Oklahoma state education chief Joy Hofmeister faces two state felony charges of illegal campaign-fundraising activities during her successful 2014 campaign to oust embattled then-Superintendent Janet Barresi.
A 32-page affidavit issued Nov. 3 alleges that Hofmeister for more than a year conspired with several others to funnel money from a donor corporation and two education groups into an independent expenditure fund that would finance a negative campaign ad against Barresi.
Hofmeister, who denies the allegations, was charged with “knowingly accepting contributions in excess of the maximum amounts” and two counts of “conspiracy to commit a felony.”
She faces 10 years in prison on the two conspiracy counts and a year on each of the two campaign-finance violations.
Also facing charges are Lela Odom, a former director of the Oklahoma Education Association; Steven Crawford, a former executive director of the Cooperative Council of Oklahoma School Administration; and political consultants Fount Holland and Stephanie Milligan. Milligan was a volunteer coordinator in Oklahoma for Republican presidential victor Donald Trump.
Hofmeister and Crawford have pleaded not guilty. Hofmeister’s next hearing will be Dec. 13.
The independent expenditure group, Oklahomans for Public School Excellence, according to the affidavit, accepted donations that were illegally excessive and illegal corporate donations. Oklahoma Watch, a local news organization, profiled the group during the 2014 election season. Hofmeister, a Republican, beat out Barresi in the primary and went on to win the general election.
During a short press conference the day the charges were outlined, Hofmeister said, “I will vigorously defend my integrity and reputation against any suggestion of wrongdoing. And I will fight the allegations that have been made against me.”
Oklahoma Education Association spokesman Doug Folks said in a statement that Hofmeister and the others charged in the case will eventually be exonerated.
“In its 127-year history, the Oklahoma Education Association has advocated ethically and honorably for Oklahoma public schools, students, and education professionals,” Folks said. “We are disappointed to see that charges have been filed against former OEA Executive Director Lela Odom, but we firmly believe that when this matter is resolved, she will be cleared of any wrongdoing. In the meantime, OEA will continue our work to advance public education for the benefit of all Oklahoma students.”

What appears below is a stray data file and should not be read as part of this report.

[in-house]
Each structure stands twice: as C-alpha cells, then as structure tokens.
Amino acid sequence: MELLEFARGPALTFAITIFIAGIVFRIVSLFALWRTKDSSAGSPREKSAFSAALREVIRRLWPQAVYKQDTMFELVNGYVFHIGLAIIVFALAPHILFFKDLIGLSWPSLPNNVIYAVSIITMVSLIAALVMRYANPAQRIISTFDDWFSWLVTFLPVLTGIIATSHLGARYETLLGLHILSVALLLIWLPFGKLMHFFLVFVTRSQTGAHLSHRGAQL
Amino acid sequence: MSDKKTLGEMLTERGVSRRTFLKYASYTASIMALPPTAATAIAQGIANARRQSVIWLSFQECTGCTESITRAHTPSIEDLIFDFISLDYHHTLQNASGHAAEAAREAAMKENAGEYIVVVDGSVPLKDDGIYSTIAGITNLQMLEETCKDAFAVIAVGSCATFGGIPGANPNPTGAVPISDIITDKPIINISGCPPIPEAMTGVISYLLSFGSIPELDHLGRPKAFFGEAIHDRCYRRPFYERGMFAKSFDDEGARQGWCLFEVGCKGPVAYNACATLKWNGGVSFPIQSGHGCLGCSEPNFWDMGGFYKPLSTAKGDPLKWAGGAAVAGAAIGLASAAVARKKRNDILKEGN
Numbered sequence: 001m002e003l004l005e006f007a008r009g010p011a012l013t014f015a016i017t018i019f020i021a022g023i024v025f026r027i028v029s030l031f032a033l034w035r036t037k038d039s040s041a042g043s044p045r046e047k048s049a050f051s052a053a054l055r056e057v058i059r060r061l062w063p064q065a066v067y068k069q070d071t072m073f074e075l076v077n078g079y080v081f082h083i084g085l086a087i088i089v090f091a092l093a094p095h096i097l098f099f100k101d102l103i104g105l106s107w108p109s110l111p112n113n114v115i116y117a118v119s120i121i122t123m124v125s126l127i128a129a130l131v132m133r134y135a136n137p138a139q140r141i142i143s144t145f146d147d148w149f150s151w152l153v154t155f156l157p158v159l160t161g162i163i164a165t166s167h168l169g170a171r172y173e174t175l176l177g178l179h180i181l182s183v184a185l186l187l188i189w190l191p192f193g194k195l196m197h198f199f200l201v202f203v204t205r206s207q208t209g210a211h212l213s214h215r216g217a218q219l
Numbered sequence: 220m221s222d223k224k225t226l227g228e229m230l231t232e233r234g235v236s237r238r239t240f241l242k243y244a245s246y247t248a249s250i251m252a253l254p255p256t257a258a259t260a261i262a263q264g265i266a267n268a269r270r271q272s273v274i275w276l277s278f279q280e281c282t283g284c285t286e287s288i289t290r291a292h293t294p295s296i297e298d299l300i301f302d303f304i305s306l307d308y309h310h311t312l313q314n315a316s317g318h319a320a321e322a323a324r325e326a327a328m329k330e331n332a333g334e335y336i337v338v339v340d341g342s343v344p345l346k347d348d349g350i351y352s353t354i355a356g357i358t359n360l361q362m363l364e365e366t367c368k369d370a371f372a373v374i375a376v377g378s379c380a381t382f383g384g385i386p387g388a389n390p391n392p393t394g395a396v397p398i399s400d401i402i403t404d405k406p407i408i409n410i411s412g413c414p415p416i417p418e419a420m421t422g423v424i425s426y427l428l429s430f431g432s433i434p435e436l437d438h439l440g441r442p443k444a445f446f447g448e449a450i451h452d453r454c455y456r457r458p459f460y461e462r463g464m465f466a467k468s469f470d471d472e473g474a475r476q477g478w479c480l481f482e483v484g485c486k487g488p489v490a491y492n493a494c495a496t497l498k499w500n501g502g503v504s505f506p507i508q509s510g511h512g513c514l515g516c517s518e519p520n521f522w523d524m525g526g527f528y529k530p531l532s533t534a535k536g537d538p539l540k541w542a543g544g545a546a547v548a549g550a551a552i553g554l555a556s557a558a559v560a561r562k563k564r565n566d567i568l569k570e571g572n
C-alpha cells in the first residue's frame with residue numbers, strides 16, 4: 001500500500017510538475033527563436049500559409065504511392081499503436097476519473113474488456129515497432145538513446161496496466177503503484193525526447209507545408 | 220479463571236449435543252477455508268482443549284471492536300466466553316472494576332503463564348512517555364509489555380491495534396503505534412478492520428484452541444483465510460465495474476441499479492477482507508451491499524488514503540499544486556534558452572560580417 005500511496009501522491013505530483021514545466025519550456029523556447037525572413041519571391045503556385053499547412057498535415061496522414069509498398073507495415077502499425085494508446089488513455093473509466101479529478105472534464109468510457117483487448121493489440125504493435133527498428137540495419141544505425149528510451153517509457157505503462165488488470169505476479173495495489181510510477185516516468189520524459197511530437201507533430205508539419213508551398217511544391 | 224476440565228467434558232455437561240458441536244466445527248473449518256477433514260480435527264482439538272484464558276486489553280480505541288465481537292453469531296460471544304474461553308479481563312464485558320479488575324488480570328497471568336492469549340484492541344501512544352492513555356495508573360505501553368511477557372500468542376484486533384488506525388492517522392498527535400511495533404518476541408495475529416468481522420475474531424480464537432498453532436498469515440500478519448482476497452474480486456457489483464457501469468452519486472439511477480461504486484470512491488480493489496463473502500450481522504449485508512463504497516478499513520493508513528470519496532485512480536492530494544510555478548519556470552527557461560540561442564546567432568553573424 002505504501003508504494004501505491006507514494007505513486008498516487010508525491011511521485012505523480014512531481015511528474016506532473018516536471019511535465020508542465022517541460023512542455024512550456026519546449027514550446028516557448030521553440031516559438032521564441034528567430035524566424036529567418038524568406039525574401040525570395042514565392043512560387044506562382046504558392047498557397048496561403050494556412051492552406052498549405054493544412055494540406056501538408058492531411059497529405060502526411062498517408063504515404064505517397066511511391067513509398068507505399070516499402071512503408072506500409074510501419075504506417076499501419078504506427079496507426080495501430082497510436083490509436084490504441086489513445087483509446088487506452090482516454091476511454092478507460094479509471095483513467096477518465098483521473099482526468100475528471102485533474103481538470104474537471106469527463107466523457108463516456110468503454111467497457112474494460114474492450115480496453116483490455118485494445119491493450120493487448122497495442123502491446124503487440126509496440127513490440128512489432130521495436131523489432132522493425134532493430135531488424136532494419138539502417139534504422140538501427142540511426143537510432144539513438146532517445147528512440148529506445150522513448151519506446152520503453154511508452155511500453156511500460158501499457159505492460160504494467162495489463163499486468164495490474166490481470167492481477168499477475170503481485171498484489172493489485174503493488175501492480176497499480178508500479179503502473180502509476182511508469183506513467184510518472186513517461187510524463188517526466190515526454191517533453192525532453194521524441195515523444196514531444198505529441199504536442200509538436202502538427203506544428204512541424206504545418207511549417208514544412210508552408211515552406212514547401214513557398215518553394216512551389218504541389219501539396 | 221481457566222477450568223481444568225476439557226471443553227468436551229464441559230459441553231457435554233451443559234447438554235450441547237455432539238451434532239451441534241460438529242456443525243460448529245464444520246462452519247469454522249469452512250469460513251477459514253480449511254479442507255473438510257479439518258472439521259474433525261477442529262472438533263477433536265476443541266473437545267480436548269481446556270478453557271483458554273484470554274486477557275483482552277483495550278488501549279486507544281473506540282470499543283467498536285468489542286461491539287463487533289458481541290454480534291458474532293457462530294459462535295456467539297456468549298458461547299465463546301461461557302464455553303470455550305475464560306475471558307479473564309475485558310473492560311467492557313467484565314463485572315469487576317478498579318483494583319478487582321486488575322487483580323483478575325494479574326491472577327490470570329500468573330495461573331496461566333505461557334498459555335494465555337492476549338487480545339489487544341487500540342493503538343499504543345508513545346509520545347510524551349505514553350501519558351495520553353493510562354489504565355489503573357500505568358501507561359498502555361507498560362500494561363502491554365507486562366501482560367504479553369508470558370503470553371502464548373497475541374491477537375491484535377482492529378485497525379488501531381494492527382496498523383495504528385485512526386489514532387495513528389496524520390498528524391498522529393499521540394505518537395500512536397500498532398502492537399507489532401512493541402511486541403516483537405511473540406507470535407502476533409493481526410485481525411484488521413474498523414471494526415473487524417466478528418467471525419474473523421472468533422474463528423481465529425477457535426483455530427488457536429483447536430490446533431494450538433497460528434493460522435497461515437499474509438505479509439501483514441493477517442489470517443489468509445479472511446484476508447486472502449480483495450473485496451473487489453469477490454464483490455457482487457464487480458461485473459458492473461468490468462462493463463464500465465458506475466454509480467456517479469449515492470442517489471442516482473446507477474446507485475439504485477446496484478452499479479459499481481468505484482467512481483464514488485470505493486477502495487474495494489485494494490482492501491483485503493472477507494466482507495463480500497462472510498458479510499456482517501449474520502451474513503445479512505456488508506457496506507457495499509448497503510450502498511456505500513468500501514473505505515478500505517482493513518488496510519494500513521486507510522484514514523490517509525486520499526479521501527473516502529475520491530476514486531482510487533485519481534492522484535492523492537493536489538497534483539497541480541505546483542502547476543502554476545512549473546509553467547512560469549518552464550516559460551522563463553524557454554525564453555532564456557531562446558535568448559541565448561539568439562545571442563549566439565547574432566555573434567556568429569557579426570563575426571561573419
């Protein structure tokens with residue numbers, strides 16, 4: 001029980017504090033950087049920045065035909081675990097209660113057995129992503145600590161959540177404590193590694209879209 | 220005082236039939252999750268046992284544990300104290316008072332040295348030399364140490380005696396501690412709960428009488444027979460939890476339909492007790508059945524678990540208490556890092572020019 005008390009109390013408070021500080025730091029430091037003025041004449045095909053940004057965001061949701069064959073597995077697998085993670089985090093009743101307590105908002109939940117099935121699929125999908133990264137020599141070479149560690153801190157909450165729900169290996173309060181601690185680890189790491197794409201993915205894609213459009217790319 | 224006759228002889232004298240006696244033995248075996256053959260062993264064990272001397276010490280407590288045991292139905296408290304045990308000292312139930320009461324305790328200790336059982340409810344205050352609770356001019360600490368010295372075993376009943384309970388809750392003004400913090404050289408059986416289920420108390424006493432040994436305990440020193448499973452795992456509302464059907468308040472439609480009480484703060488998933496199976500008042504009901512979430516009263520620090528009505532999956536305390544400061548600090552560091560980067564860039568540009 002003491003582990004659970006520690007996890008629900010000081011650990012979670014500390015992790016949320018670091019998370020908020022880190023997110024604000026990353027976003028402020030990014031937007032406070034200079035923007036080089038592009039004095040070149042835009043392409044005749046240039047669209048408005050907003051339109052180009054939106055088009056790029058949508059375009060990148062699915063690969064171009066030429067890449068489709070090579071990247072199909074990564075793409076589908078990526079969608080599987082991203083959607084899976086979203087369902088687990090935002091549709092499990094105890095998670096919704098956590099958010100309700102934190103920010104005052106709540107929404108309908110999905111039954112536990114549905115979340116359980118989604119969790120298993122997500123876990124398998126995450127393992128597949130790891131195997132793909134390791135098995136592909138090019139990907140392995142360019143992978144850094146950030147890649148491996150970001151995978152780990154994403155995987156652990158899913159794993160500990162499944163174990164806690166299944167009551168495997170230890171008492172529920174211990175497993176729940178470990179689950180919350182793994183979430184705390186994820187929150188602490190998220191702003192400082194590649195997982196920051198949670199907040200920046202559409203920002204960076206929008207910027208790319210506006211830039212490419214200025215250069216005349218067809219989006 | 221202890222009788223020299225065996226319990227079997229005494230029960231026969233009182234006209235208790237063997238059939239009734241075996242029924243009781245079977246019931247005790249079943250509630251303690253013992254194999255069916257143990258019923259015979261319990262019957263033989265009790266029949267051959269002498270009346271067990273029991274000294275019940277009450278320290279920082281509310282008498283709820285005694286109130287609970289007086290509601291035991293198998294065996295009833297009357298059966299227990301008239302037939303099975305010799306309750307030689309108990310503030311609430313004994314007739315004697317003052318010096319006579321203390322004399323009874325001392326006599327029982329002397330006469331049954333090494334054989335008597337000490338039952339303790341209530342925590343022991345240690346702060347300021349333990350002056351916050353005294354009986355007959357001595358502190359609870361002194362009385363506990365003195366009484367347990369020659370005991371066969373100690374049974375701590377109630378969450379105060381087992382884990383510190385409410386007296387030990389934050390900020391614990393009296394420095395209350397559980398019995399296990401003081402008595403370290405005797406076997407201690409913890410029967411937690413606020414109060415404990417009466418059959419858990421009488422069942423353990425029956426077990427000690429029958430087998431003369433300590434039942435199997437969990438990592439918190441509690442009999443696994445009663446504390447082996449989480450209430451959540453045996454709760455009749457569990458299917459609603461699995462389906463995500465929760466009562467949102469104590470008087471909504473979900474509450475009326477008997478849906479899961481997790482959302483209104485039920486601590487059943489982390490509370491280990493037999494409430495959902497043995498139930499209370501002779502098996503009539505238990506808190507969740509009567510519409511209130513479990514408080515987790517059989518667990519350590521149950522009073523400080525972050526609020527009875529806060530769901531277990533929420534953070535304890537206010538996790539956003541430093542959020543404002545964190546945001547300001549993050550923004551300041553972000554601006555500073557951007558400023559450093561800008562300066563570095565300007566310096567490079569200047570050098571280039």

Despite calls from the state’s Democratic Party leaders, Hofmeister said she will not resign.
Hofmeister, though a Republican, came into office with the support of many teachers who opposed Barresi for carrying out an agenda pushed by Republicans who dominate the Oklahoma legislature.
In recent years, for example, lawmakers instituted an A-F accountability system that labeled several of the state’s schools as “failing” and began to include standardized-test scores in teacher’s evaluations. Amid a funding crisis because of a dip in oil prices, teacher pay has stalled, and mass layoffs have led many districts to go to four-day school weeks.
Teachers also blame the legislature for a teacher shortage that’s forced the state department to issue thousands of emergency teacher licenses.
The teachers’ union saw the ousting of Barresi as evidence that their collective voice has power. In response, more than 25 teachers filed to run for the legislature this year. Only five won.
Hofmeister has benefited from waves of support from the state’s teachers, thousands of whom congregate in a closed Facebook group. She often posted pictures of herself campaigning with the teachers who ran for the legislature and sidesteps the local news media by rolling out many of her initiatives in the group.
A version of this article appeared in the November 16, 2016 edition of Education Week as Oklahoma Schools Chief Facing Campaign-Finance Charges